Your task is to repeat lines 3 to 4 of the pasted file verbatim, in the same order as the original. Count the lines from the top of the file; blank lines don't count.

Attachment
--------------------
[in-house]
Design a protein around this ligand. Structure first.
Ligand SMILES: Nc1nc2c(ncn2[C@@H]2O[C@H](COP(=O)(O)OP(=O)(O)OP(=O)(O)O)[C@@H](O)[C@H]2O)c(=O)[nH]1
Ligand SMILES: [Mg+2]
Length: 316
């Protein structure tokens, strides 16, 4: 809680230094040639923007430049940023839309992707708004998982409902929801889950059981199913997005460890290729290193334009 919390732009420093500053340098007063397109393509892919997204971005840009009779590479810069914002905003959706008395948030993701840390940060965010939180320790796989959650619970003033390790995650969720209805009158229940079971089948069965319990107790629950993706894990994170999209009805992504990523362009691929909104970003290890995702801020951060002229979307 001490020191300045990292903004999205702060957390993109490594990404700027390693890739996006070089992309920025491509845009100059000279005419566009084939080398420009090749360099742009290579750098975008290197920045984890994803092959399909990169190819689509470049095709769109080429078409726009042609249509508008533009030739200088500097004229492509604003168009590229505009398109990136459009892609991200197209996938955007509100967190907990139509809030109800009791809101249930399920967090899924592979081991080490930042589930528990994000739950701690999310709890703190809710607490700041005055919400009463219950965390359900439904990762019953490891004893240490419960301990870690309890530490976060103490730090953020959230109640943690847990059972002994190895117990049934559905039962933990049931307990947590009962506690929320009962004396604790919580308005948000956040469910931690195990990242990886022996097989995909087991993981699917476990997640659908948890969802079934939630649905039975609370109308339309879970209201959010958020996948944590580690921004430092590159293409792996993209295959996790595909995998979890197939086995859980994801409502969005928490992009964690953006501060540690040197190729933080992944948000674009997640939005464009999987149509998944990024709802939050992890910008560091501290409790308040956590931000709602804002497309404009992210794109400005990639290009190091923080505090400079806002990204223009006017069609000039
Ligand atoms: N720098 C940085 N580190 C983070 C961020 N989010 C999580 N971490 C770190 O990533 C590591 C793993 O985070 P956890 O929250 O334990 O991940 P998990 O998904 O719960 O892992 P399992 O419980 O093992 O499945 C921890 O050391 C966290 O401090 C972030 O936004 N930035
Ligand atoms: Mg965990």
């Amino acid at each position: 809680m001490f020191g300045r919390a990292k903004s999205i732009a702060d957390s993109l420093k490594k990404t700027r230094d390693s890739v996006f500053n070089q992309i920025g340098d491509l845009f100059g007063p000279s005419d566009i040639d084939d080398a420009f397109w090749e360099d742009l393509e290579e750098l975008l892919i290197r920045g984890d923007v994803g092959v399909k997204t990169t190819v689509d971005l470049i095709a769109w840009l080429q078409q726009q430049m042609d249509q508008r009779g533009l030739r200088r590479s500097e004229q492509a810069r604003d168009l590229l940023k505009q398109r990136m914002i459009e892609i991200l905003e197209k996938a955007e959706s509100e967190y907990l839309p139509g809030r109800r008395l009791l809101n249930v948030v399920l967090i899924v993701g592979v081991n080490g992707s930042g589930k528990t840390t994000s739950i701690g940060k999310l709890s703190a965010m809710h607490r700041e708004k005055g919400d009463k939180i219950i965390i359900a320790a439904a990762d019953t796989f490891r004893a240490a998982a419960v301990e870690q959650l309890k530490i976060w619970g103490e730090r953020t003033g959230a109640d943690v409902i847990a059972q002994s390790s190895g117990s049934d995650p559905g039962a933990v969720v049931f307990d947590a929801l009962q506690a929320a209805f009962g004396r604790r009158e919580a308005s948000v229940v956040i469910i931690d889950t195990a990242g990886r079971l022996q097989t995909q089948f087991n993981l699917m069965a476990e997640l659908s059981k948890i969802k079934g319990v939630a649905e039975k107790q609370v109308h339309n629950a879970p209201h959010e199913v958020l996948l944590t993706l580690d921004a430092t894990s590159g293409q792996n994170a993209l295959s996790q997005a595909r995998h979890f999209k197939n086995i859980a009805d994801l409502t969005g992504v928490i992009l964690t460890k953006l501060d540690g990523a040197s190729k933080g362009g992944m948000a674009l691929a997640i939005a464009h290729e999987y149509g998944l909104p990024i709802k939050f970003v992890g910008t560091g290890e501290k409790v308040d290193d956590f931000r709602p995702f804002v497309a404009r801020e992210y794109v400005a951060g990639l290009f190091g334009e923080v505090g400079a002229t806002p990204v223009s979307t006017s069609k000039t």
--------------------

Ligand SMILES: Nc1nc2c(ncn2[C@@H]2O[C@H](COP(=O)(O)OP(=O)(O)OP(=O)(O)O)[C@@H](O)[C@H]2O)c(=O)[nH]1
Ligand SMILES: [Mg+2]